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Short Answer Question Sample





A drug task force was surveilling a suspected methamphetamine dealer’s house.  One of the police officers observed a car arriving. The driver of the car went inside the house for approximately one minute, exited, and then drove away. The observing officer followed the driver, and after the driver failed to signal a turn, the officer pulled the driver over.  Hoping to discover illegal drugs, the officer approached the vehicle, told the driver he wanted to check the driver for weapons and asked the driver to exit the vehicle.  When the driver exited the car, a closed small tin box bearing the brand name of a type of throat lozenge, fell onto the street.  The officer picked up the box, lifted the lid, and found six grams of methamphetamine.
Analyze and explain whether the police officer lawfully stopped the vehicle. Analyze and explain whether the police officer could lawfully search the driver for weapons. Analyze and explain whether the police officer had the proper authority to open the tin box.  


Model Answer:  
The officer had the authority to pull the driver over.  Because an infraction happened in the presence of the police officer (failing to signal a turn), the stop was lawful.  It does not matter that the reason for the stop was to discuss the suspected drug transaction and that the proffered reason for the stop was pretextual.


The police had a right to conduct a weapons search under Terry in order to protect officer safety.  Since the driver was coming from a suspected drug house, the officer had reasonable suspicion that the driver might be armed.  The standard is very low to conduct a Terry search, which is limited to patting down the outer clothing for weapons.  Even though the driver was in a car, the police still had the authority to ask him to get out of the car and be subject to the pat-down search.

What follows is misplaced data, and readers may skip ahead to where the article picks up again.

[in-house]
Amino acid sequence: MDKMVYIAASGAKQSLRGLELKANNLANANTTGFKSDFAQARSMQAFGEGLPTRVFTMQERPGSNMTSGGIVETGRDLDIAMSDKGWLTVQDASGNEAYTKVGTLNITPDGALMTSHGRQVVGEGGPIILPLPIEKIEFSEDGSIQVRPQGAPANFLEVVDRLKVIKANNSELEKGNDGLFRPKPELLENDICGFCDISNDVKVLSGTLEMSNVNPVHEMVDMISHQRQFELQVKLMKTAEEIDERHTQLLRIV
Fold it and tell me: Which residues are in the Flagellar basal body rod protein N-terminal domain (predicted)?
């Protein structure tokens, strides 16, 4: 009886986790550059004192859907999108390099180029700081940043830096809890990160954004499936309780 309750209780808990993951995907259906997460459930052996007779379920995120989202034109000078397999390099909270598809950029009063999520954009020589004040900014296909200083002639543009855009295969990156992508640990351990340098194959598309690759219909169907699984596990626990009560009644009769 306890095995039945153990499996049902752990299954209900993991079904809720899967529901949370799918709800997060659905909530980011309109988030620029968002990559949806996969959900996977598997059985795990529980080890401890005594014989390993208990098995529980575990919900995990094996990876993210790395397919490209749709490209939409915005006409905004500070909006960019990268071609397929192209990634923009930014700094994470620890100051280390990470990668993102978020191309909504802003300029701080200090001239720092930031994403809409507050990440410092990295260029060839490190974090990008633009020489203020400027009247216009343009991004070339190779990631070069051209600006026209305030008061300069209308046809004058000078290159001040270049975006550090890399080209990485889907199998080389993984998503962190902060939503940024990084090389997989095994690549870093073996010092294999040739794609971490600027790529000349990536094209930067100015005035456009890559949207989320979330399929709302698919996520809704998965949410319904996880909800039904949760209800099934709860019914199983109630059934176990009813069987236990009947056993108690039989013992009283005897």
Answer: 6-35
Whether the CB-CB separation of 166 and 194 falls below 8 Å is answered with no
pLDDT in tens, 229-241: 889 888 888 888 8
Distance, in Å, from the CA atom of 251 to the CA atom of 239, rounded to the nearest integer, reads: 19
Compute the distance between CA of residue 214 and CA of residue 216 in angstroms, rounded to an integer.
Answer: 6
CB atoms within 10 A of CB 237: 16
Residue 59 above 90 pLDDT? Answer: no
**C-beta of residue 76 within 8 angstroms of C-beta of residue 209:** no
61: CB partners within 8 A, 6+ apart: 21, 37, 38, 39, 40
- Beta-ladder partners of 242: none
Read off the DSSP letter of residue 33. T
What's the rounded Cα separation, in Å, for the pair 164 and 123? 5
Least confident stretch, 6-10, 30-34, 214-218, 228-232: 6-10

The officer likely did not have the authority to open the tin box.  In order to conduct a lawful search, a warrant is required by the Fourth Amendment unless an exception applies. Exceptions include a search incident to arrest, an inventory search, or exigent circumstances. The plain view doctrine requires that the unlawfulness of the item be readily apparent. The tin box in and of itself is not criminal in nature. Thus the officer had no basis to open up the tin box.  The only possible argument, which seems a remote possibility, is that the tin box could have contained some kind of a weapon like a razor blade.



Charlie operates a warehouse and needed to purchase a scissor lift for his loading dock. Charlie went to a dealer that sold such equipment, both new and used. Charlie told the dealer he didn’t know what to buy but needed a lift capable of regularly moving loads up to 2,000 pounds. The dealer showed Charlie a used model and said it was capable of moving the loads Charlie required and would operate as well as a new lift.  Based on those statements, Charlie purchased the used lift.  The back of the invoice contained the various terms and conditions of the sale, including “Warranties: Used equipment is sold with no warranties” and “Entire Agreement: It is expressly agreed that the provisions set forth herein constitute the parties’ entire agreement. Any promises, negotiations, or representations not expressly set forth in this Agreement are of no force and effect.” After a month of regular use, the lift stopped operating. Charlie later determined the model he purchased was not rated to lift loads over 1,500 pounds.  


Identify any potential warranty claims and explain whether Charlie has any claim for breach of any warranty.  


Model Answer: 

Charlie has no express warranty claim based on the dealer’s oral statements given the merger clause and the disclaimer of warranties, although some jurisdictions require a conspicuous disclaimer of an express warranty.  


As to implied warranties, UCC Section 2-316 requires any disclaimer of implied warranties be conspicuous.  The disclaimer here was not conspicuous and is ineffective.  


As to the implied warranty of merchantability, goods must be fit for the ordinary purposes for which such goods are used.  Here, the lift was used outside its normal parameters.  As to the implied warranty of fitness for a particular purpose, Charlie relied on the skill and judgment of the seller, explicitly told the seller what he was going to use the equipment for, and that it would have to stand up under such use. The seller was aware of his assurances that the equipment would handle Charlie’s anticipated use was a primary reason for the purchase. Because the lift was not fit for that particular purpose, Charlie has a claim for breach of that implied warranty.